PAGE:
Service charges – your rights

You are legally entitled to not pay the service charge if service was poor. If the charge has been absorbed into the meal then you can deduct a reasonable amount e.g. 10%. Again, use the Consumer Rights Act 2015 which entitles you to services to be carried out with “reasonable skill and care”.

Here’s an example about complaining about poor service in a café.

Food poisoning

If you believe that you have received food poisoning from an establishment where you have eaten then contact your doctor immediately. Proving that the poisoning was caused by the trader may be difficult, obviously it is made easier if more than one of you was affected. Under the Food Act 1990 it is a criminal offence for a business to serve food unfit for human consumption. You should therefore also inform the local Environmental Health Department.

Depending on the severity of the illness and your out of pocket expenses (such as loss of earnings) you may want to take legal advice regarding how much compensation to which you are entitled. In the first instance you can write directly.

Water when eating out

Personally, I object to paying for water. I am lucky to live in a developed country and therefore do not need to have bottled water. In addition I pay water rates therefore the water IS paid for! It is perfectly safe. People who drink bottled water for “health reasons” confuse me as there are no proven health benefits whatsoever. No independent research nothing. In fact many tests show that in a blind testing people prefer tap water too.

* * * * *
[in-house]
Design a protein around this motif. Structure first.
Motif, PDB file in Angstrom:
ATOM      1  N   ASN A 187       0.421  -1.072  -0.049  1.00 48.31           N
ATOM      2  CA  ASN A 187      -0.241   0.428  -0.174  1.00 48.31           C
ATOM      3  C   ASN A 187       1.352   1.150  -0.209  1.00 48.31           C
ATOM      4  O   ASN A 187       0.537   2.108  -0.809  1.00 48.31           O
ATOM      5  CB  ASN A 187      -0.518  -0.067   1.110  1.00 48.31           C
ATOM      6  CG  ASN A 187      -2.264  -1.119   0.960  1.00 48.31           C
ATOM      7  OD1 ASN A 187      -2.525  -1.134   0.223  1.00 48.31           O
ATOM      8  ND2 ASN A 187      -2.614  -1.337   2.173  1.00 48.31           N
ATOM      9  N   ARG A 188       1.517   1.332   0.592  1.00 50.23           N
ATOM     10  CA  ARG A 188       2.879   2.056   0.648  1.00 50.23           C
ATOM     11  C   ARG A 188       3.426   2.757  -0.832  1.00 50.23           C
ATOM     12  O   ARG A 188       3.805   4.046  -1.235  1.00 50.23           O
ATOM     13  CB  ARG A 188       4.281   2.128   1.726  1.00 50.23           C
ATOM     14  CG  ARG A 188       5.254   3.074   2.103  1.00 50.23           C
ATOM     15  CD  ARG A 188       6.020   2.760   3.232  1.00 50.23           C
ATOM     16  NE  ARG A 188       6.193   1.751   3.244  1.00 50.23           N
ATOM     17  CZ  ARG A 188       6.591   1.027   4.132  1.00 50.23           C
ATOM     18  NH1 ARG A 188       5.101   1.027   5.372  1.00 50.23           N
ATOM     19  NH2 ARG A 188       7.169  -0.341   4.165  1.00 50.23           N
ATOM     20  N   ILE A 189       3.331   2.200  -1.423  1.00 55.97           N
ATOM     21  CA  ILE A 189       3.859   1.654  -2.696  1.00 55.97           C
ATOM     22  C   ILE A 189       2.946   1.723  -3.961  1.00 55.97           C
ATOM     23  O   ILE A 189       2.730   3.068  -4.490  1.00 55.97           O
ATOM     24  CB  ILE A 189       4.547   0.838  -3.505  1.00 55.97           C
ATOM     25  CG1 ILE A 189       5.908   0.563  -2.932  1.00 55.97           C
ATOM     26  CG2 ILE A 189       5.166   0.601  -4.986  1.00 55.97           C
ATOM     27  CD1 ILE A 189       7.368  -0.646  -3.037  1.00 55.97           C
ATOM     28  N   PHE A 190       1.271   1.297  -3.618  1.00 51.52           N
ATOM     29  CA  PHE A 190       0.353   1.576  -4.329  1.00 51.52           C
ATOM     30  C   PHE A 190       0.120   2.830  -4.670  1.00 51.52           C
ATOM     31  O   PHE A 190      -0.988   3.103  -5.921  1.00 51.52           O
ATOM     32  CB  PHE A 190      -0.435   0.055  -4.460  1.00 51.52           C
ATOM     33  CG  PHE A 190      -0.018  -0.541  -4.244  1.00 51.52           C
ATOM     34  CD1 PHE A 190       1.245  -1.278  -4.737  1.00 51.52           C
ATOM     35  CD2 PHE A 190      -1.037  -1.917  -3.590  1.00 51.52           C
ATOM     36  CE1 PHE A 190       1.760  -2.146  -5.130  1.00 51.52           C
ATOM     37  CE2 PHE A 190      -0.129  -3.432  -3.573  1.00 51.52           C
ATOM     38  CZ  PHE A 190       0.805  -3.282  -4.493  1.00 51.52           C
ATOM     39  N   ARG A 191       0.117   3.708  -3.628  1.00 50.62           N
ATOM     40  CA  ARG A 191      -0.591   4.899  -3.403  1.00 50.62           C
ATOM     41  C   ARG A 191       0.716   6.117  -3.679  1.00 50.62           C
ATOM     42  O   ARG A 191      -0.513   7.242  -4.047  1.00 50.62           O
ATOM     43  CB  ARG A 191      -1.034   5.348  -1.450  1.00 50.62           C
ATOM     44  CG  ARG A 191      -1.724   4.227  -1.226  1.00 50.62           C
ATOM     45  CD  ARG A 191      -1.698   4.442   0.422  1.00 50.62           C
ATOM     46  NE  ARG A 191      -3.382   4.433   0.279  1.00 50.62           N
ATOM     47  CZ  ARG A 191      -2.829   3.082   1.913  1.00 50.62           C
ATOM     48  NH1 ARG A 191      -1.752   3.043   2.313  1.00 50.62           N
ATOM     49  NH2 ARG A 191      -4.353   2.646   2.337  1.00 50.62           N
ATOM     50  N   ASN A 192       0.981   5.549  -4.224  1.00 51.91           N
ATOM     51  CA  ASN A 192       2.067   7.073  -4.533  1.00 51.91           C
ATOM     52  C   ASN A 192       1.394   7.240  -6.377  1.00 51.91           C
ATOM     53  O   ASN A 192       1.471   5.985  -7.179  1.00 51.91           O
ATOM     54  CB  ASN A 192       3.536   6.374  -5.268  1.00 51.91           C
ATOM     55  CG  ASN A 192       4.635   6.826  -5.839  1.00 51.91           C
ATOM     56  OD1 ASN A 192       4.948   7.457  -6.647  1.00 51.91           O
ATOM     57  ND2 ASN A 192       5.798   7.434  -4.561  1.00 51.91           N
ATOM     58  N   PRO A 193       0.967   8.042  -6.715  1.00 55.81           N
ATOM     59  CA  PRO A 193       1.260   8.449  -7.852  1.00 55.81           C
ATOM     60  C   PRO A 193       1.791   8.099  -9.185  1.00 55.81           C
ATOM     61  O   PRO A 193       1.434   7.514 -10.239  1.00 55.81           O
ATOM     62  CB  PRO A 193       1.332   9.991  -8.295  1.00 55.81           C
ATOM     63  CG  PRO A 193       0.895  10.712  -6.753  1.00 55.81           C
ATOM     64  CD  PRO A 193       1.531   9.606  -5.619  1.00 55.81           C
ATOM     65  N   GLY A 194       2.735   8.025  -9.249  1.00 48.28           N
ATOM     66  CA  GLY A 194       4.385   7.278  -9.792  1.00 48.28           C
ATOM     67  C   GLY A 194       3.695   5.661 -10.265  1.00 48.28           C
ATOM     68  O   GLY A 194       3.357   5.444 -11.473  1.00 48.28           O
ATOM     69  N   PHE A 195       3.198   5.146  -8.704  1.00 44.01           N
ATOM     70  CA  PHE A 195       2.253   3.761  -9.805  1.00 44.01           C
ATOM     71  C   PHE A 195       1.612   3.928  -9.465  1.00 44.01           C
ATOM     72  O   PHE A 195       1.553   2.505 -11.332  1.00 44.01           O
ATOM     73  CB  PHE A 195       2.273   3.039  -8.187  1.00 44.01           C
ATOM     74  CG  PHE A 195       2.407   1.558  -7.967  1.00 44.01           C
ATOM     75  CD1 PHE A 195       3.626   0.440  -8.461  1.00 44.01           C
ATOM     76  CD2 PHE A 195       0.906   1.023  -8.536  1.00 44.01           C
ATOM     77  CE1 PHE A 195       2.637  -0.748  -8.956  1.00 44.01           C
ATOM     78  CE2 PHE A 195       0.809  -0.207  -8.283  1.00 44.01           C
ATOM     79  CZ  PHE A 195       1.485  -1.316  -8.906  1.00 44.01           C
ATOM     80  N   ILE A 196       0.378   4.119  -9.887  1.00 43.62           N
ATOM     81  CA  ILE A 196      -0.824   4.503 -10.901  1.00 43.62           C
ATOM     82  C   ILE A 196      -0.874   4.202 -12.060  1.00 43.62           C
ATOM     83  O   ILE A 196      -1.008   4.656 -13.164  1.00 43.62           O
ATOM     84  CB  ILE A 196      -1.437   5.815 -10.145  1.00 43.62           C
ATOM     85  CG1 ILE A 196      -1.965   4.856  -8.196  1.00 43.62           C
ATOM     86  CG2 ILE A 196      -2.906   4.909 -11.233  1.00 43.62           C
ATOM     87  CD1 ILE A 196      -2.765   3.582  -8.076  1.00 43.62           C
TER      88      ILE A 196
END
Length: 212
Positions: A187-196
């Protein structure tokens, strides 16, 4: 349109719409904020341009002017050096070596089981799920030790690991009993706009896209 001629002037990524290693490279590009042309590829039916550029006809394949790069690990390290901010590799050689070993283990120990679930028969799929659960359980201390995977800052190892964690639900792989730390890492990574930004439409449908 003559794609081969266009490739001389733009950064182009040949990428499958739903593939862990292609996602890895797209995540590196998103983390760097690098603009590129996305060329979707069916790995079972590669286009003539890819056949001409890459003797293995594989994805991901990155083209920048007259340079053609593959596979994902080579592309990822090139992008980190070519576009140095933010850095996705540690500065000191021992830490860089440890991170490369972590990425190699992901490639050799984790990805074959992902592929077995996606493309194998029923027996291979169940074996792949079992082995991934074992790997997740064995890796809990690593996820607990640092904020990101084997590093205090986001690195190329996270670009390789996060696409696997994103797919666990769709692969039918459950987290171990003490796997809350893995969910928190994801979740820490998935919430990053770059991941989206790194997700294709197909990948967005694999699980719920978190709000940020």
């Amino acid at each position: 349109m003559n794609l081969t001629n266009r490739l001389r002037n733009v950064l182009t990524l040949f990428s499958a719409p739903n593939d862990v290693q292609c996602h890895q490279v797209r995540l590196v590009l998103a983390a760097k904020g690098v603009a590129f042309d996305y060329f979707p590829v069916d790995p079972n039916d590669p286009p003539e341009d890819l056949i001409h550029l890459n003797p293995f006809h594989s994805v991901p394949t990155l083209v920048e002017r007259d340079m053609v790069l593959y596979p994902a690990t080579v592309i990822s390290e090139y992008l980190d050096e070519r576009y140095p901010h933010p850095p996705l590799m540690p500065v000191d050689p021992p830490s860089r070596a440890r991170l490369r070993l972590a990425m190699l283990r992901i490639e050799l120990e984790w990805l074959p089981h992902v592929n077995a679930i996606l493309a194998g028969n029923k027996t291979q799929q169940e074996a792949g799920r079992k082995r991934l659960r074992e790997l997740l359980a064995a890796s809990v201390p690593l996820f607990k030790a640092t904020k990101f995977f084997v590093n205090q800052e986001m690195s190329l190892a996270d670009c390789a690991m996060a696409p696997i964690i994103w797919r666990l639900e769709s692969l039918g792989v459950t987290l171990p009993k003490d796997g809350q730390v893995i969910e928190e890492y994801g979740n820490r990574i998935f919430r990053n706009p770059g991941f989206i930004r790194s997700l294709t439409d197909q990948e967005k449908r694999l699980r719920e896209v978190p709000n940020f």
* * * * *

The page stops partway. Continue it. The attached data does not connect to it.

The reason for including this here is because licensing conditions came into force in April 2010 ensuring that pubs, clubs and bars are obliged to provide free water where reasonably available. Annoyingly this does not include restaurants. Ridiculous. However, it is illegal for a restaurant to try and pass tap water off as bottled water.


Top 20 Tips for complaining effectively.


And for more advice, tips, information and templates for complaining effectively GET THE BOOK! How To Complain: The ESSENTIAL Consumer Guide to Getting REFUNDS, Redress and RESULTS!




How to complain in restaurants discussed on Jeremy Vine on Radio 2

Complaining about customer service Complaining about faulty goods Laws

7 Common fob offs that companies use to not give refunds!

Many companies and individuals will try and fob you off in order not to give you a refund or redress. Below are some common ones of which you should be aware and know how to deal with.

Know the rules

“We do not give refunds”

Signs like this are illegal and you can report them to Trading Standards. Traders do not have to give you a refund if you have simply changed your mind about a purchase or the jumper didn’t fit for example, but if the item is faulty you are legally entitled to a full refund, (unless the fault was pointed out at time of purchase) until the time that you are deemed to have “accepted” the goods. “Accepted” is generally thought to be up to 4 weeks after that you are still entitled to a replacement or repair. If you put up a fight though you’ll usually get a refund, I always have!

“You/we will send it back to the manufacturer